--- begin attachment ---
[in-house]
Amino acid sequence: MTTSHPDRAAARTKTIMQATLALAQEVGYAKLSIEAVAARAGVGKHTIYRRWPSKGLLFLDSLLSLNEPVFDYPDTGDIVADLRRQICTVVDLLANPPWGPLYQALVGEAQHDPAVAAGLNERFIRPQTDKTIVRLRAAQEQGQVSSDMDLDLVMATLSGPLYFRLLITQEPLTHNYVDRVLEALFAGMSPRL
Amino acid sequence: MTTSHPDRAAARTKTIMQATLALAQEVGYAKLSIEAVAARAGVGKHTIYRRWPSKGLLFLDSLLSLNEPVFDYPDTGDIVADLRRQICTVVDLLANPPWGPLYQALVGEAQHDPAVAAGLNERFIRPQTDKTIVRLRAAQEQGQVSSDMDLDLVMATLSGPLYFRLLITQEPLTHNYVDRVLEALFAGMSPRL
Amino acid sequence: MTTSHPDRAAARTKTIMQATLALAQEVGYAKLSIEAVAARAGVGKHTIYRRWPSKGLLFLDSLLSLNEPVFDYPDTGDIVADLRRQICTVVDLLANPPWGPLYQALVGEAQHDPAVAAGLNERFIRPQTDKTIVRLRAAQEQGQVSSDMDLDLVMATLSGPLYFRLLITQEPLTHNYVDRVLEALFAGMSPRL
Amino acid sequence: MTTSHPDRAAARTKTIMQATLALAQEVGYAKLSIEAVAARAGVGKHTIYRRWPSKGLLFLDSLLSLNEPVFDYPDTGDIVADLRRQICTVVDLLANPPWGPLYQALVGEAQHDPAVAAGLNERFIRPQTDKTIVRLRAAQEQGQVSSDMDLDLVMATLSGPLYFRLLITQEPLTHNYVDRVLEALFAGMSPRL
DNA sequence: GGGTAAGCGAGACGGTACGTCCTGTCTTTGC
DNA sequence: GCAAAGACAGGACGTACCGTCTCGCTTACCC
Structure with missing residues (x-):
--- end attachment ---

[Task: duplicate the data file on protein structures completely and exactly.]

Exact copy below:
[in-house]
Amino acid sequence: MTTSHPDRAAARTKTIMQATLALAQEVGYAKLSIEAVAARAGVGKHTIYRRWPSKGLLFLDSLLSLNEPVFDYPDTGDIVADLRRQICTVVDLLANPPWGPLYQALVGEAQHDPAVAAGLNERFIRPQTDKTIVRLRAAQEQGQVSSDMDLDLVMATLSGPLYFRLLITQEPLTHNYVDRVLEALFAGMSPRL
Amino acid sequence: MTTSHPDRAAARTKTIMQATLALAQEVGYAKLSIEAVAARAGVGKHTIYRRWPSKGLLFLDSLLSLNEPVFDYPDTGDIVADLRRQICTVVDLLANPPWGPLYQALVGEAQHDPAVAAGLNERFIRPQTDKTIVRLRAAQEQGQVSSDMDLDLVMATLSGPLYFRLLITQEPLTHNYVDRVLEALFAGMSPRL
Amino acid sequence: MTTSHPDRAAARTKTIMQATLALAQEVGYAKLSIEAVAARAGVGKHTIYRRWPSKGLLFLDSLLSLNEPVFDYPDTGDIVADLRRQICTVVDLLANPPWGPLYQALVGEAQHDPAVAAGLNERFIRPQTDKTIVRLRAAQEQGQVSSDMDLDLVMATLSGPLYFRLLITQEPLTHNYVDRVLEALFAGMSPRL
Amino acid sequence: MTTSHPDRAAARTKTIMQATLALAQEVGYAKLSIEAVAARAGVGKHTIYRRWPSKGLLFLDSLLSLNEPVFDYPDTGDIVADLRRQICTVVDLLANPPWGPLYQALVGEAQHDPAVAAGLNERFIRPQTDKTIVRLRAAQEQGQVSSDMDLDLVMATLSGPLYFRLLITQEPLTHNYVDRVLEALFAGMSPRL
DNA sequence: GGGTAAGCGAGACGGTACGTCCTGTCTTTGC
DNA sequence: GCAAAGACAGGACGTACCGTCTCGCTTACCC
Structure with missing residues (x-):